South East Coast Ambulance Service NHS Foundation Trust (SECAmb)
has praised the efforts of its staff and volunteers who went the
extra mile to respond to patients over the long Easter weekend.

Across its Kent, Sussex and Surrey region demand was up 11%
compared to Easter 2015 with the Trust’s 999 Emergency Operations
Centres receiving more than 9,500 999 calls.

Staff in the region’s NHS111 service, which SECAmb runs in
partnership with Care UK, were also extremely busy providing urgent
care advice and arranging out-of-hours appointments. Some 2,000
calls originating from NHS111 received an ambulance response – an
increase of approximately 2.5% on 2015.

The increase in demand was coupled with the challenges of
responding to Storm Katie in the early hours of Monday. Staff and
volunteers including dedicated teams of Community First Responders
worked tirelessly to reach patients as quickly as possible.

The Trust remains extremely busy with demand up on last year. It
is asking the public for its continued support by remembering that
999 should only be used in an emergency. Control room staff will
triage calls and prioritise life-threatening emergencies. During
this period of increased demand calls of a non life-threatening
nature are likely to receive a longer response.

The NHS as a whole is also very busy and the Trust is working
closely with hospitals across its region to minimise delays when
patients are handed over at A&E. It is vital that patients are
handed over without delay so that ambulance crews are free to
respond to 999 calls out in the community.

SECAmb Paramedic and Regional Operations Manager James Pavey
said: “We plan ahead for periods of increased demand and we were
aware this weekend was going to be challenging. It’s an
understatement to simply say that staff and volunteers have risen
to this challenge. We know that they have gone the extra mile to
help patients. We’re extremely proud of their continued dedication
in the face of this increased demand.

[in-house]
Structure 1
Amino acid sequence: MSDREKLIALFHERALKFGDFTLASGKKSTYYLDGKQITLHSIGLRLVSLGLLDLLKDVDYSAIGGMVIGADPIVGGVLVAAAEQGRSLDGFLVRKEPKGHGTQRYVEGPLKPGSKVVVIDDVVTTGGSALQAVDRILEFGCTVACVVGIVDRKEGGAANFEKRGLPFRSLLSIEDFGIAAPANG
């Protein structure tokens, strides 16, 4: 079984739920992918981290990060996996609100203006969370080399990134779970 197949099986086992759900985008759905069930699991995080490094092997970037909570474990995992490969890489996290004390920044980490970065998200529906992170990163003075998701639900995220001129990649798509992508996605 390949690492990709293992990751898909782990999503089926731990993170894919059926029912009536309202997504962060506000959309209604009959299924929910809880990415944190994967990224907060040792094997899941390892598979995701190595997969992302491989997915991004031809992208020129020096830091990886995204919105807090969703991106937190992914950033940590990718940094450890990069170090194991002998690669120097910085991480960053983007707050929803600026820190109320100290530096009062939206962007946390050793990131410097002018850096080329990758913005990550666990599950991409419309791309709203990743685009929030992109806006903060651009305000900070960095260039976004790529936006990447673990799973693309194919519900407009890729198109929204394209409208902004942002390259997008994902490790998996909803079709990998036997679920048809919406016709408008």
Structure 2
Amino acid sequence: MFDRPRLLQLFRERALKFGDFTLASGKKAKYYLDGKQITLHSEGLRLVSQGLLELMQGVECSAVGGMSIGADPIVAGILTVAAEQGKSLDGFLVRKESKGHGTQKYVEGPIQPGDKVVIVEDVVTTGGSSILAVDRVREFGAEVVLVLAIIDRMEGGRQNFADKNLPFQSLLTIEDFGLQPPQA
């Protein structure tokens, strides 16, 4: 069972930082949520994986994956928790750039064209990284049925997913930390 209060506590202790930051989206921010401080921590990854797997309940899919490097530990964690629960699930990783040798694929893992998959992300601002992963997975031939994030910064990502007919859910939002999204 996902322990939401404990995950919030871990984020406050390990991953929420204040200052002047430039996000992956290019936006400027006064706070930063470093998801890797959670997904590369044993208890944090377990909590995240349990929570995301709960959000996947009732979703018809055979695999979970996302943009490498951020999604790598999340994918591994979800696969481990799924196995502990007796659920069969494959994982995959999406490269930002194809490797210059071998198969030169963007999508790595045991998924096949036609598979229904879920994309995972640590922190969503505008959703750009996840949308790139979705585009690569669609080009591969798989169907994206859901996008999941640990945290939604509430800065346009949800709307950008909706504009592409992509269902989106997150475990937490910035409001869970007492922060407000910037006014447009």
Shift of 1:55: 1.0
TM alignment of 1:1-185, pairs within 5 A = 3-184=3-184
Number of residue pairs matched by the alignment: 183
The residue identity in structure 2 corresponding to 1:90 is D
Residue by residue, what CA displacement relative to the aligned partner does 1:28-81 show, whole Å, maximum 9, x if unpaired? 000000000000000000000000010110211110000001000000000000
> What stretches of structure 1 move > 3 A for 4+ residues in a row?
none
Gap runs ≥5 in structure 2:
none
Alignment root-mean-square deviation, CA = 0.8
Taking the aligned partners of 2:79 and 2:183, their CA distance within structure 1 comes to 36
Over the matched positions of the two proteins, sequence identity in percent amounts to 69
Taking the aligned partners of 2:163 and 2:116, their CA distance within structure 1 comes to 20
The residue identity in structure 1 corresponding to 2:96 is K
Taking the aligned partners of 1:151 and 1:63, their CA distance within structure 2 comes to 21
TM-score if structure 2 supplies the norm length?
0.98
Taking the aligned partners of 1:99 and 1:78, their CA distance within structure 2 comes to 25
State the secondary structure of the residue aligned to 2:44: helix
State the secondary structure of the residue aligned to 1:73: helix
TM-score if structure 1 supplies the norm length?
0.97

“As we begin a new week, we’re continuing to experience high
levels of demand and we are focussing our efforts to responding to
our most seriously ill and injured patients. Non life-threatening
calls are unfortunately likely to receive a longer response.”

“Anyone faced with an emergency shouldn’t hesitate to call but
we would urge anyone else who needs help to consider all the other
options available to them. This might be dialling NHS111 for help,
where staff can provide support and advice over the phone and refer
patient to out-of-hours services where appropriate.”

When to call 999:

 If you think a patient is suffering from one of the
following you must dial 999 for an ambulance:
• heart attack (e.g. chest pain for more than 15
• sudden unexplained shortness of breath
• heavy bleeding
• unconsciousness (even if the patient has regained
• traumatic back/spinal/neck pain

 You should also call for an ambulance if: 
• you think the patient’s illness or injury is
• you think the illness or injury may become worse, or even
life-threatening on the way to the hospital
• moving the patient/s without skilled people could cause
further injury
• the patient needs the skills or equipment of the ambulance
service and its personnel
• traffic conditions could cause a delay in getting the person
to hospital and time could be critical